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Virtual reality technology being used to treat individuals affected by developmental disabilities

Autistic individuals are gaining greater freedom with VR

Virtual reality (VR) as a technology form is expanding beyond gaming and making its mark in the domain of healthcare. Latest VR technology is now being used to make a significant different for those afflicted with developmental disabilities.

One of the notable VR developments in recent times was the VR1 virtual arcade, and it has to be acknowledged as an offering for not just dedicated gamers.

Mitchell Alexander, the co-founder of Autism XR Institute, spoke regarding the positive impact of VR1 on Nathan, his ten-year old autistic son.

Alexander’s son has coped with issues related to mixing socially and performing daily tasks that are easier for non-autistic people. Nathan has also struggled with travelling, as he had never boarded an airplane in his life.

Alexander and his wife were worried how the experience would go. Nathan liked the VR1 virtual reality experience which helped him go around the globe, and enjoy a Google Maps-based bird’s eye view or encounter a flight simulation with YouTube. Following several months of simulation sessions, Alexander booked plane tickets for Nathan.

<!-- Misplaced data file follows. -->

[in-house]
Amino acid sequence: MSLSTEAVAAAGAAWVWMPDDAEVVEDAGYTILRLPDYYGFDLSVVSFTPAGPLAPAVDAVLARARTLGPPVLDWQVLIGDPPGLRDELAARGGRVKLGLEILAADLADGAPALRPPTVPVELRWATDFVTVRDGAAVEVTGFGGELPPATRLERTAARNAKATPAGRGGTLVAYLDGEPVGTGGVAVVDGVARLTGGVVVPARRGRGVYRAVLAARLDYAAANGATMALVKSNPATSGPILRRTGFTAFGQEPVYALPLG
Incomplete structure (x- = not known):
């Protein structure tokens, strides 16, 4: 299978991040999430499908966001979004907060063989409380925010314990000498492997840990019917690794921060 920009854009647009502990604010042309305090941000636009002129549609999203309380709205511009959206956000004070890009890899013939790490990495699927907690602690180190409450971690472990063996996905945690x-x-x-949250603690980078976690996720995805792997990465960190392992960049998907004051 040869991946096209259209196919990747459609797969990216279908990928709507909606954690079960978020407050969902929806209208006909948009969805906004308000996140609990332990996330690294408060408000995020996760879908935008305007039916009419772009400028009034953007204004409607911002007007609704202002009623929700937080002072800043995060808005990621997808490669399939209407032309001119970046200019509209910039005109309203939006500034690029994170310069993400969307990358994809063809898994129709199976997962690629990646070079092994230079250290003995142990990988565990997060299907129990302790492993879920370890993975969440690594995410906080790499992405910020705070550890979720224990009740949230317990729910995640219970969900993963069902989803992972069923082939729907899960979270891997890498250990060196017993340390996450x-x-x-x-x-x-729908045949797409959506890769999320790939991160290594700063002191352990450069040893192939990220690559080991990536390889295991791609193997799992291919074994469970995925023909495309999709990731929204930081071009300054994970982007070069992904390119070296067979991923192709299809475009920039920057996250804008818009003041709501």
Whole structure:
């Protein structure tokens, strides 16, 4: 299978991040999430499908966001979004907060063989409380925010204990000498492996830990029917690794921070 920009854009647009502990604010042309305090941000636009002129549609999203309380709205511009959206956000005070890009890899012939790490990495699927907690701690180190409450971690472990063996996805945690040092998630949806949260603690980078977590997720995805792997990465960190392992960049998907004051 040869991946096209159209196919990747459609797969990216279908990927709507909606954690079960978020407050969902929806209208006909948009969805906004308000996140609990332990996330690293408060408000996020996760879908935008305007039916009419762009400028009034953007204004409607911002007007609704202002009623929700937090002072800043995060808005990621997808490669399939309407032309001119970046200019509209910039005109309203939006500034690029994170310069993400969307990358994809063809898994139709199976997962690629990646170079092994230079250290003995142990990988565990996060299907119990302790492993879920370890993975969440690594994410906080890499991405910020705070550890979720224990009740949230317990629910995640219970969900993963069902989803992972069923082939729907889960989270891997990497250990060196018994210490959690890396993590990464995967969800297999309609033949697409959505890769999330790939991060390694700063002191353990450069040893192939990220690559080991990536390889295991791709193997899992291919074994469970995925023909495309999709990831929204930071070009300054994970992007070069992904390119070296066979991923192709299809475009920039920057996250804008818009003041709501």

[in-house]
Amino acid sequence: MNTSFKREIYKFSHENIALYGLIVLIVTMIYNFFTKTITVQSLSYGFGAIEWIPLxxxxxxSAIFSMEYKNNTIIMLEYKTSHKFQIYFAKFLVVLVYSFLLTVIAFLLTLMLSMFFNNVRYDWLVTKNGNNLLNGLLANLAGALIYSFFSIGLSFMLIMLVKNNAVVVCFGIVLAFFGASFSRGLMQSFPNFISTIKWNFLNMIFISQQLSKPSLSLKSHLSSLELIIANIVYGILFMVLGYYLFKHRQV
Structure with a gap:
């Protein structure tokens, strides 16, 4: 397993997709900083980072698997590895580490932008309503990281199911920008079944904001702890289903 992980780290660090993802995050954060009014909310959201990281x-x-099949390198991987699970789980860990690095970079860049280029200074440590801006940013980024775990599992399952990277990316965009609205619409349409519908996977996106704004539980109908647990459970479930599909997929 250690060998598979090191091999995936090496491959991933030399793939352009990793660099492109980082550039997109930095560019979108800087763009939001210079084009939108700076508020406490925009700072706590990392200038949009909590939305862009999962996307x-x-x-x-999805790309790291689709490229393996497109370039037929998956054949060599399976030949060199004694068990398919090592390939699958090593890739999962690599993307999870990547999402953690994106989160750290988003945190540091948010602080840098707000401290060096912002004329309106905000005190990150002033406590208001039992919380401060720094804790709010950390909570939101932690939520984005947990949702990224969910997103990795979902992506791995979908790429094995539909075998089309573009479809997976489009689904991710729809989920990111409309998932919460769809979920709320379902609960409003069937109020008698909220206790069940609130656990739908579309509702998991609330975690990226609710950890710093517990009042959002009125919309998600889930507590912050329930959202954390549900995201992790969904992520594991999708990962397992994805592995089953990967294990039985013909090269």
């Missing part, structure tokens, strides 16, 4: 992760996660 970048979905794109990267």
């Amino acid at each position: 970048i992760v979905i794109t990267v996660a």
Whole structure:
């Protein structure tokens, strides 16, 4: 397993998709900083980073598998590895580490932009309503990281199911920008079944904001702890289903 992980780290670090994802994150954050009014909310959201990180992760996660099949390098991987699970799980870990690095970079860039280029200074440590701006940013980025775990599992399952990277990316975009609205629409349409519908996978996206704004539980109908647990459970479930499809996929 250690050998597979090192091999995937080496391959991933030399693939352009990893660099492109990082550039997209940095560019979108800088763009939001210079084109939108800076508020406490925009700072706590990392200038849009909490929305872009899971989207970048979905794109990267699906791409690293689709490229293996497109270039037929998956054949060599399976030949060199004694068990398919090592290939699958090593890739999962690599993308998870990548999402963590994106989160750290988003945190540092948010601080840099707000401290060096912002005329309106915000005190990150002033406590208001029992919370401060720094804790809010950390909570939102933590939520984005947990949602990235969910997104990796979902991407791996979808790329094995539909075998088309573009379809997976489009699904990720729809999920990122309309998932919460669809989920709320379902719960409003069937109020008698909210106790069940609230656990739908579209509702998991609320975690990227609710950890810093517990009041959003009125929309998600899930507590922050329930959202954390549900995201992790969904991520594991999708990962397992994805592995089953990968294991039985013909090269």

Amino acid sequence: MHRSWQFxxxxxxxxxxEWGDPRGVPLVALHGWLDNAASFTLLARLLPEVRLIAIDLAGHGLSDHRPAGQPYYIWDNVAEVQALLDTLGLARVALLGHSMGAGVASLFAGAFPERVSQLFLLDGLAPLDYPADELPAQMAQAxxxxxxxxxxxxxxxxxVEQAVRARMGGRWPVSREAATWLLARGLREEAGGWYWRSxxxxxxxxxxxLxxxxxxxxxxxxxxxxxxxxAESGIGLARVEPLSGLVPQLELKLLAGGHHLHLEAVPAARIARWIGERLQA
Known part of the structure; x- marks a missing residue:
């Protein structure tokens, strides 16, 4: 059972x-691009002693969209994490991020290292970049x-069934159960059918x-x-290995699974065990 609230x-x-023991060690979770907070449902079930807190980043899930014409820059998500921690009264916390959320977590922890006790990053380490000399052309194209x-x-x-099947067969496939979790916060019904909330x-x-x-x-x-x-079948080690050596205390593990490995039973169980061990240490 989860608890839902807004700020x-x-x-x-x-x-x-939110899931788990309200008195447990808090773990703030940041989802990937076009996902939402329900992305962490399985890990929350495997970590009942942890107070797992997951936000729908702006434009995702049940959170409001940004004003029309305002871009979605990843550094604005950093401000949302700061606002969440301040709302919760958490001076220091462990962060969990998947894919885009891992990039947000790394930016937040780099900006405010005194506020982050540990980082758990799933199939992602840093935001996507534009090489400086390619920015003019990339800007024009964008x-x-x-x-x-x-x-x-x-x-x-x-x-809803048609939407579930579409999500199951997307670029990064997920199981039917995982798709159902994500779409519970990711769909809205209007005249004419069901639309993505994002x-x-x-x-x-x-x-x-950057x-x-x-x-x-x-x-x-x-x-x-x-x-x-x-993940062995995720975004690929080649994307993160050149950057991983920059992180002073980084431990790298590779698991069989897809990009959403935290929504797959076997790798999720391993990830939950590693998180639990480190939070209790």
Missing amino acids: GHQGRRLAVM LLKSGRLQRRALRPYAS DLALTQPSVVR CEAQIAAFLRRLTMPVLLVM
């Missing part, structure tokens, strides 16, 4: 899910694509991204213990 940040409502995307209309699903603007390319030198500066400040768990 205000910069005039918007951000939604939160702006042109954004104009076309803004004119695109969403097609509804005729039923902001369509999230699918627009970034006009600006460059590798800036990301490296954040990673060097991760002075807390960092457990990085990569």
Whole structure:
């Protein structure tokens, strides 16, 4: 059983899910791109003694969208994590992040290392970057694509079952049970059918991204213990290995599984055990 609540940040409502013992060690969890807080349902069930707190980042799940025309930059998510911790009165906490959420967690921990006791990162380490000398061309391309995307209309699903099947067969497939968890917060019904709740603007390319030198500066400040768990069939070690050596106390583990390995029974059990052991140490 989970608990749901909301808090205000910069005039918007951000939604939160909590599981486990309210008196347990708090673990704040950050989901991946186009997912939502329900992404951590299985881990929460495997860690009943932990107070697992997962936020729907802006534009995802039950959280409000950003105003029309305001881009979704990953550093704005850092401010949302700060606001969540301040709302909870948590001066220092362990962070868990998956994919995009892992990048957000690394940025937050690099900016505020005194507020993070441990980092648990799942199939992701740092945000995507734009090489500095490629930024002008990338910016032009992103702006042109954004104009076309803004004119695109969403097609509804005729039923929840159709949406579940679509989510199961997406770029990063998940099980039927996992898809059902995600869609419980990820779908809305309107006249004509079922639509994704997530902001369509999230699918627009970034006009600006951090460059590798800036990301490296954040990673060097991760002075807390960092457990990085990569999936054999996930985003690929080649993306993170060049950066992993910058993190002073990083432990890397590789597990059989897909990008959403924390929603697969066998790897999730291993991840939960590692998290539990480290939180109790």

Nathan was quite excited for the flight and on his way to the plane. According to Alexander, his son expressed that the experience felt similar to VR1. Nathan is an example of how VR1 and virtual reality in general is improving lives, as is evident to the Owner and Operator of VR1, Brendan Smythe.

Nathan using Virtual Reality

The technique used by VR1, known as Exposure Therapy, can be utilised for helping people who fear heights or have a phobia related to spiders, and children affected by autism. – Brendan Smythe

According to Smythe, virtual reality has created highly productive experiences for Nathan and many more individuals with autism.

Smythe remarked that past records point out the autistic mind’s passion with technology, as evident by some of the most exceptional game developers, designers and creators being autistic individuals.

In the case of Nathan, movie and travel simulators helped him overcome his fear and board the first flight of his life. Following these developments, Nathan could also improve his everyday skills like solving problems and socialising.

Smythe spoke regarding the improving situation of Nathan, saying that the youngster is now able to play a VR game called Budget Cuts, which involves interacting with a villainous character. While the game offers a fearful experience, Nathan can defend himself and solving the maze to unlock new areas. Smythe remarked that Nathan is getting quite comfortable with the game.

Autistic individuals are now experiencing similar benefits from VR like specialised therapy sessions that last for many hours. The participants get the feel of enjoying a game, and gain freedom from the stresses of real-life situations. VR is working as an advanced tool for treatment.

The efforts of the Autism XR Institute and VR1 are culminating in the development of concepts and tools to aid autistic individuals make the most of their lives.

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